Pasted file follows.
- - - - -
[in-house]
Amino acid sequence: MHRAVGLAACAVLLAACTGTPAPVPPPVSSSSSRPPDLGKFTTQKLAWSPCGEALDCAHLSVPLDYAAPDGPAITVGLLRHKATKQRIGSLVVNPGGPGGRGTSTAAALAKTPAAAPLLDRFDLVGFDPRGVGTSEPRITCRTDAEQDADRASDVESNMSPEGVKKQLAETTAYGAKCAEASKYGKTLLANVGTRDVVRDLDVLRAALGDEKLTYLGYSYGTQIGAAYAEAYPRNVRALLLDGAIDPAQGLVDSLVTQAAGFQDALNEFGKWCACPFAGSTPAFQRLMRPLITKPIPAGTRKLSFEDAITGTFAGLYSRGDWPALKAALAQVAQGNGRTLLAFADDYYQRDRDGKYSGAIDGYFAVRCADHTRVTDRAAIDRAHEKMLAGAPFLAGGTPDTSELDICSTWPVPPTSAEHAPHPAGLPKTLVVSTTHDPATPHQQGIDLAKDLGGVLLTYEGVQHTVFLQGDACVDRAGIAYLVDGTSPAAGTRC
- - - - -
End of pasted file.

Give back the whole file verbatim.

[in-house]
Amino acid sequence: MHRAVGLAACAVLLAACTGTPAPVPPPVSSSSSRPPDLGKFTTQKLAWSPCGEALDCAHLSVPLDYAAPDGPAITVGLLRHKATKQRIGSLVVNPGGPGGRGTSTAAALAKTPAAAPLLDRFDLVGFDPRGVGTSEPRITCRTDAEQDADRASDVESNMSPEGVKKQLAETTAYGAKCAEASKYGKTLLANVGTRDVVRDLDVLRAALGDEKLTYLGYSYGTQIGAAYAEAYPRNVRALLLDGAIDPAQGLVDSLVTQAAGFQDALNEFGKWCACPFAGSTPAFQRLMRPLITKPIPAGTRKLSFEDAITGTFAGLYSRGDWPALKAALAQVAQGNGRTLLAFADDYYQRDRDGKYSGAIDGYFAVRCADHTRVTDRAAIDRAHEKMLAGAPFLAGGTPDTSELDICSTWPVPPTSAEHAPHPAGLPKTLVVSTTHDPATPHQQGIDLAKDLGGVLLTYEGVQHTVFLQGDACVDRAGIAYLVDGTSPAAGTRC